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IBM's Motion for Partial Summary Judgment on Breach of Contract Claims - PDF and text
Tuesday, August 17 2004 @ 06:04 PM EDT

Here is IBM's Motion for Partial Summary Judgment on Breach of Contract Claims. This is the motion that yesterday's memorandum [PDF] is attached to. What I enjoy about this Motion is the clarity with which IBM explains SCO's very convoluted claims. I couldn't have done it, I don't think, in so few words, so simply yet so comprehensively. Seriously, try to find a way to say it better than this. I did, and I can't.

Our thanks, once again, to JeR for transcribing. If you wish to look again at the four causes of action that this motion is addressing, you can go to the SCO Second Amended Complaint [PDF], and begin with paragraph 110. Be aware that there are two paragraphs 110, so look for the second one, right after the heading First Cause of Action. The document was incorrectly numbered, just one of many little signs that SCO's case had hopped on a slow freighter to nowhere.

*************************

SNELL & WILMER L.L.P.
Alan L. Sullivan (3152)
Todd M. Shaughnessy (6651)
Amy F. Sorenson (8947)
[address, phone, fax]

CRAVATH, SWAINE & MOORE LLP
Evan R. Chesler (admitted pro hac vice)
David R. Marriott (7572)
[address, phone, fax]

Attorneys for Defendant/Counterclaim-Plaintiff
International Business Machines Corporation

************************

IN THE UNITED STATES DISTRICT COURT

FOR THE DISTRICT OF UTAH

THE SCO GROUP, INC.

Plaintiff/Counterclaim-Defendant,

v.

INTERNATIONAL BUSINESS MACHINES CORPORATION,

Defendant/Counterclaim-Plaintiff
DEFENDANT/COUNTERCLAIM PLAINTIFF IBM’S MOTION FOR PARTIAL SUMMARY JUDGMENT ON BREACH OF CONTRACT CLAIMS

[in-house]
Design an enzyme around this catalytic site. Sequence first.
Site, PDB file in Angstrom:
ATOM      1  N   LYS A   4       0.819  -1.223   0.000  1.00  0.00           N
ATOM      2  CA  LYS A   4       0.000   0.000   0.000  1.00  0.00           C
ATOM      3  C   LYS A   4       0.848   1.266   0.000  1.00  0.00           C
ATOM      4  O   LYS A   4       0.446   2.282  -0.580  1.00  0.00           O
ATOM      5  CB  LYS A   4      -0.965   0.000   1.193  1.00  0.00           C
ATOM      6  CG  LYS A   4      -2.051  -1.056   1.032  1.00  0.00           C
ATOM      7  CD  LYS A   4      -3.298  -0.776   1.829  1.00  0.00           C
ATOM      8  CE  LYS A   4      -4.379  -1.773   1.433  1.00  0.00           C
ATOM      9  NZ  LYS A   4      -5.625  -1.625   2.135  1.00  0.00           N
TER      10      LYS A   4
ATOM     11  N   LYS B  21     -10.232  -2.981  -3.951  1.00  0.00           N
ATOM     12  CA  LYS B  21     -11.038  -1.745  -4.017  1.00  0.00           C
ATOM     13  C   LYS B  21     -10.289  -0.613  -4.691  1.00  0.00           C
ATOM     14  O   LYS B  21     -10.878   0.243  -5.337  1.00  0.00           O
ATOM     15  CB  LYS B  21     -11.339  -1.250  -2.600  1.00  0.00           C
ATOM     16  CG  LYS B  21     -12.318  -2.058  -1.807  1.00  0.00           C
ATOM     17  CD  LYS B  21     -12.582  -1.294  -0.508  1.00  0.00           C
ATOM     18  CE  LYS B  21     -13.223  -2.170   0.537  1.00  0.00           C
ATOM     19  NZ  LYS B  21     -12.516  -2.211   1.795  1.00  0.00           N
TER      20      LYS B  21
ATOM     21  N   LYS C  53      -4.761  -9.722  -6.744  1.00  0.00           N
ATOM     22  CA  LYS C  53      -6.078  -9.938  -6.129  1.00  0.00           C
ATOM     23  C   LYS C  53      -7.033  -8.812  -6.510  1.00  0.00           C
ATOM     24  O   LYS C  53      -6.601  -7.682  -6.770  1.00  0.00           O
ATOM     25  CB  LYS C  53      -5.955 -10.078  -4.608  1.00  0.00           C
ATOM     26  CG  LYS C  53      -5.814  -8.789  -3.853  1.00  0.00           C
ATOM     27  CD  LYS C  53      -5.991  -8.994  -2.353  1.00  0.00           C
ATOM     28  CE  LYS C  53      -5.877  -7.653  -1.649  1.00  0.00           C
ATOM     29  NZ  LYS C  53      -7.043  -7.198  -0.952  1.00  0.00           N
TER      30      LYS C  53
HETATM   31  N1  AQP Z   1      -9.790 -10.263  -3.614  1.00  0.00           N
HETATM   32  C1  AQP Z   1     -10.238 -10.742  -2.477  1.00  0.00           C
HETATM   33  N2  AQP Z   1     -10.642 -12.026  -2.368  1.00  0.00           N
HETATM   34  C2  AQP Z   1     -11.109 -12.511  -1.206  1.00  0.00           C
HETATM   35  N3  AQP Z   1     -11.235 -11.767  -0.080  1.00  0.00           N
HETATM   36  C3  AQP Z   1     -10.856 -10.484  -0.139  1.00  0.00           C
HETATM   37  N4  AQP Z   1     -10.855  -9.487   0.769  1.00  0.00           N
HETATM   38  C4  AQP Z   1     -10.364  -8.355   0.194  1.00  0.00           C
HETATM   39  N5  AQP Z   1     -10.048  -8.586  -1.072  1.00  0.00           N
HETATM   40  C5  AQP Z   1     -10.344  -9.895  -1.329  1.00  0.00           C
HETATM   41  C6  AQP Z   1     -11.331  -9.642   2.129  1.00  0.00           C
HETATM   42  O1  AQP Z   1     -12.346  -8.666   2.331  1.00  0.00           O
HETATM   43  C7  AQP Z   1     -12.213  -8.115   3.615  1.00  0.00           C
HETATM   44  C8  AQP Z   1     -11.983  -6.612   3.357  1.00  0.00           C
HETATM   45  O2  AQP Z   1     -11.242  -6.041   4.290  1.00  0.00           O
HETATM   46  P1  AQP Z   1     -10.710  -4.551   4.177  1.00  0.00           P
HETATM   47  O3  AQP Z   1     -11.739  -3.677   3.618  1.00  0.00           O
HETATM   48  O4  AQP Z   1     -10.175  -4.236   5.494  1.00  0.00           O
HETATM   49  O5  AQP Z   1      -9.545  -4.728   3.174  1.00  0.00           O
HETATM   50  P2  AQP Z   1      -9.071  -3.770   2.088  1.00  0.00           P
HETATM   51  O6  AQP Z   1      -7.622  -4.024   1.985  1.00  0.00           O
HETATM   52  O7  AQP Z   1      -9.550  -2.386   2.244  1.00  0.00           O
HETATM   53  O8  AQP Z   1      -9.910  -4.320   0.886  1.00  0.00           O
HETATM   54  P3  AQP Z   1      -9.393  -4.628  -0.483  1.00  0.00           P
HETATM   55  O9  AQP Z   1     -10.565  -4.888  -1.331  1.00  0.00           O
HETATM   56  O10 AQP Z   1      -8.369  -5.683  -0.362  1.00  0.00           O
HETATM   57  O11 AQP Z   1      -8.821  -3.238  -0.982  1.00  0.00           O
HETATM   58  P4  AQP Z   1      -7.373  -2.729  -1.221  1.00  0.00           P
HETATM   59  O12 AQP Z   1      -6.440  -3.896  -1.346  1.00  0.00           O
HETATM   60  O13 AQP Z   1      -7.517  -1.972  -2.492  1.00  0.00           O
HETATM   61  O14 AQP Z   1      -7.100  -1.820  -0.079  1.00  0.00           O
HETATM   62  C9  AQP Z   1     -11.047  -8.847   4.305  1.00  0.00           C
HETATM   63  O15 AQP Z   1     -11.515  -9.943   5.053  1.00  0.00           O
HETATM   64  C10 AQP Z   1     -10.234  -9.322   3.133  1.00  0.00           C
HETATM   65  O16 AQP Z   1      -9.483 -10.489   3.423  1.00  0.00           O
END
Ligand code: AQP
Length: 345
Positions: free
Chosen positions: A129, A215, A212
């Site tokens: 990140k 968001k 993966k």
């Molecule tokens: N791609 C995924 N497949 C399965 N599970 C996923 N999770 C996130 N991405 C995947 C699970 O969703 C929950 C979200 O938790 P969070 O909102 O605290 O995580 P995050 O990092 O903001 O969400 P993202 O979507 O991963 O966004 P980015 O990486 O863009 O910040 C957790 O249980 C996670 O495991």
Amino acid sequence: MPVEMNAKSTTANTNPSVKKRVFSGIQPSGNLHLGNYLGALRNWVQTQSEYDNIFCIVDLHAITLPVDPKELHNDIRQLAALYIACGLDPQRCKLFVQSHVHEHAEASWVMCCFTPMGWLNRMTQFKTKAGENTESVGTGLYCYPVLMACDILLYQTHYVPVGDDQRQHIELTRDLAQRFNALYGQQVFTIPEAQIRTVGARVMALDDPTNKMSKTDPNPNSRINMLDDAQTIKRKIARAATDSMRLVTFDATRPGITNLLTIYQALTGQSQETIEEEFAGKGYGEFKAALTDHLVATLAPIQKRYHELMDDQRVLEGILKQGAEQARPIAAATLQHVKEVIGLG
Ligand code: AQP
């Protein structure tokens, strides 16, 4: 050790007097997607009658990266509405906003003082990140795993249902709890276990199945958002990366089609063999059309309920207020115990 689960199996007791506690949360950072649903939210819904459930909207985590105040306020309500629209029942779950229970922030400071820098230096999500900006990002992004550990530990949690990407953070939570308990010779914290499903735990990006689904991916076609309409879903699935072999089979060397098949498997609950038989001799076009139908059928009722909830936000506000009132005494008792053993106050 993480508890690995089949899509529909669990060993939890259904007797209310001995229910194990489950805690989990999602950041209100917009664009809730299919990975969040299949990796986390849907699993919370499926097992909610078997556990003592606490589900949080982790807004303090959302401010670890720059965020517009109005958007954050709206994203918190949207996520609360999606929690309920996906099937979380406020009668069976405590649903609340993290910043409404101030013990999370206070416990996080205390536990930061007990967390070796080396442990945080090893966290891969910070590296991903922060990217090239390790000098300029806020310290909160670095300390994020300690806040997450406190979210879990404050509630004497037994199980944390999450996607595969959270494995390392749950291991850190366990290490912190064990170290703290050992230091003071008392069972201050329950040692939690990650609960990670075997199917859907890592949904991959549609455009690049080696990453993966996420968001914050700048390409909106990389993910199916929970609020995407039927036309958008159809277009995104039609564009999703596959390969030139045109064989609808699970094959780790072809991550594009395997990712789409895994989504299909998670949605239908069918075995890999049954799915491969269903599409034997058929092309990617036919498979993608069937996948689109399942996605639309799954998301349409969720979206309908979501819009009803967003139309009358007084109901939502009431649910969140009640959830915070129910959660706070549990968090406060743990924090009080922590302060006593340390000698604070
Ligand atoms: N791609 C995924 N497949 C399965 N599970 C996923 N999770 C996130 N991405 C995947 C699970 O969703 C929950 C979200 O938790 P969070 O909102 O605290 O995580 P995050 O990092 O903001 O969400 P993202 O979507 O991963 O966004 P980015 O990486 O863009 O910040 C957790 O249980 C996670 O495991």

(ORAL ARGUMENT REQUESTED)


Civil No. 2:03CV0294 DAK

Honorable Dale A. Kimball

Magistrate Judge Brooke C. Wells

Pursuant to DUCivR 56-1(a) and Federal Rule of Civil Procedure 56, Defendant/Counterclaim-Plaintiff International Business Machines Corporation (“IBM”) respectfully submits this Motion for Partial Summary Judgment. As is set forth in the accompanying memorandum of points and authorities, IBM respectfully submits that the Court should grant summary judgment for IBM on Plaintiff/Counterclaim Defendant The SCO Group, Inc.’s (“SCO”) First, Second, Third and Fourth Causes of Action for the reasons summarized below.

Nearly two decades ago, IBM entered into licensing agreements with AT&T for the source code to the UNIX System V operating system. Now, SCO—which played no part in negotiating the agreements but purports recently to have acquired rights to them through a succession of corporate acquisitions—seeks to use the agreements to prevent IBM from contributing its own original source code (not UNIX System V source code) to the public operating system known as Linux. SCO’s contract claims rely on an unsupported and unsupportable reading of IBM’s agreements with AT&T and should be rejected as a matter of law.

Each of SCO’s four breach of contract claims against IBM relate to the UNIX System V licenses entered into by IBM and Sequent Computer Systems, Inc. (a company acquired by IBM in 1999) with AT&T. These licenses are in the form of a “Software Agreement”, which sets forth the terms under which UNIX System V source code can be used and disclosed, and a “Sublicensing Agreement”, which sets forth the terms under which software based on UNIX System V code can be distributed.